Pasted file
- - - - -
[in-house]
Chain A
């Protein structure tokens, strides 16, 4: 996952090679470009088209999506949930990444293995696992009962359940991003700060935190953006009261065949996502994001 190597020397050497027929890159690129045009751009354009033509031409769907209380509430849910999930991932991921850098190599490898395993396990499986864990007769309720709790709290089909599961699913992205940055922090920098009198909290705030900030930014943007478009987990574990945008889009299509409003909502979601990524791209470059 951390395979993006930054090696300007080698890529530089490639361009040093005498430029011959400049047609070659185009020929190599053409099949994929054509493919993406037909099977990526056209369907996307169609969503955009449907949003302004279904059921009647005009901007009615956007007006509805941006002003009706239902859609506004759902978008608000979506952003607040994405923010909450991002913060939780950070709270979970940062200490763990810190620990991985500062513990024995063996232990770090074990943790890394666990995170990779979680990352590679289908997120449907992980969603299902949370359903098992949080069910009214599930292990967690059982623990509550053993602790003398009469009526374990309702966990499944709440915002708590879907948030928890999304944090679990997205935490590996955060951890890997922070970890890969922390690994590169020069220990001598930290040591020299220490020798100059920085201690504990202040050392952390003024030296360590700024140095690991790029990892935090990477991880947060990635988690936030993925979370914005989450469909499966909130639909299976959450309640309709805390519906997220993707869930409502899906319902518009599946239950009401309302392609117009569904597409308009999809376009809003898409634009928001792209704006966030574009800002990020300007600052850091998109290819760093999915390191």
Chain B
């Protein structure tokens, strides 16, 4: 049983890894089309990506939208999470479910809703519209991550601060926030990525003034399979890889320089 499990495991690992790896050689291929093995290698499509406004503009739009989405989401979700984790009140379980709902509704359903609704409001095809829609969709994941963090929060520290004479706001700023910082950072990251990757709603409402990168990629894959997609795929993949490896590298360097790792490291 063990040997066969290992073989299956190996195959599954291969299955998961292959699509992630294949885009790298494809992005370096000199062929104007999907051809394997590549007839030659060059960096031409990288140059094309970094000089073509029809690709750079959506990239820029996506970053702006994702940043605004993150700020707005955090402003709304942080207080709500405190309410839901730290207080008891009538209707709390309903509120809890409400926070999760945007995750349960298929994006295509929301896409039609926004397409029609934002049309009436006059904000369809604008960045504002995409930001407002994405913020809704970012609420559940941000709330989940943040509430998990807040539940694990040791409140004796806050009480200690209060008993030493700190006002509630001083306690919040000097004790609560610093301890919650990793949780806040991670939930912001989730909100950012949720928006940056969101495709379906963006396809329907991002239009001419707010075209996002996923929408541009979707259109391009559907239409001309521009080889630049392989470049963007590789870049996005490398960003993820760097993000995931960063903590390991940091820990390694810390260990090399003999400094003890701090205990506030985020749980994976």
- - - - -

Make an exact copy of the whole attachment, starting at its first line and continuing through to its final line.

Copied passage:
[in-house]
Chain A
């Protein structure tokens, strides 16, 4: 996952090679470009088209999506949930990444293995696992009962359940991003700060935190953006009261065949996502994001 190597020397050497027929890159690129045009751009354009033509031409769907209380509430849910999930991932991921850098190599490898395993396990499986864990007769309720709790709290089909599961699913992205940055922090920098009198909290705030900030930014943007478009987990574990945008889009299509409003909502979601990524791209470059 951390395979993006930054090696300007080698890529530089490639361009040093005498430029011959400049047609070659185009020929190599053409099949994929054509493919993406037909099977990526056209369907996307169609969503955009449907949003302004279904059921009647005009901007009615956007007006509805941006002003009706239902859609506004759902978008608000979506952003607040994405923010909450991002913060939780950070709270979970940062200490763990810190620990991985500062513990024995063996232990770090074990943790890394666990995170990779979680990352590679289908997120449907992980969603299902949370359903098992949080069910009214599930292990967690059982623990509550053993602790003398009469009526374990309702966990499944709440915002708590879907948030928890999304944090679990997205935490590996955060951890890997922070970890890969922390690994590169020069220990001598930290040591020299220490020798100059920085201690504990202040050392952390003024030296360590700024140095690991790029990892935090990477991880947060990635988690936030993925979370914005989450469909499966909130639909299976959450309640309709805390519906997220993707869930409502899906319902518009599946239950009401309302392609117009569904597409308009999809376009809003898409634009928001792209704006966030574009800002990020300007600052850091998109290819760093999915390191």
Chain B
């Protein structure tokens, strides 16, 4: 049983890894089309990506939208999470479910809703519209991550601060926030990525003034399979890889320089 499990495991690992790896050689291929093995290698499509406004503009739009989405989401979700984790009140379980709902509704359903609704409001095809829609969709994941963090929060520290004479706001700023910082950072990251990757709603409402990168990629894959997609795929993949490896590298360097790792490291 063990040997066969290992073989299956190996195959599954291969299955998961292959699509992630294949885009790298494809992005370096000199062929104007999907051809394997590549007839030659060059960096031409990288140059094309970094000089073509029809690709750079959506990239820029996506970053702006994702940043605004993150700020707005955090402003709304942080207080709500405190309410839901730290207080008891009538209707709390309903509120809890409400926070999760945007995750349960298929994006295509929301896409039609926004397409029609934002049309009436006059904000369809604008960045504002995409930001407002994405913020809704970012609420559940941000709330989940943040509430998990807040539940694990040791409140004796806050009480200690209060008993030493700190006002509630001083306690919040000097004790609560610093301890919650990793949780806040991670939930912001989730909100950012949720928006940056969101495709379906963006396809329907991002239009001419707010075209996002996923929408541009979707259109391009559907239409001309521009080889630049392989470049963007590789870049996005490398960003993820760097993000995931960063903590390991940091820990390694810390260990090399003999400094003890701090205990506030985020749980994976």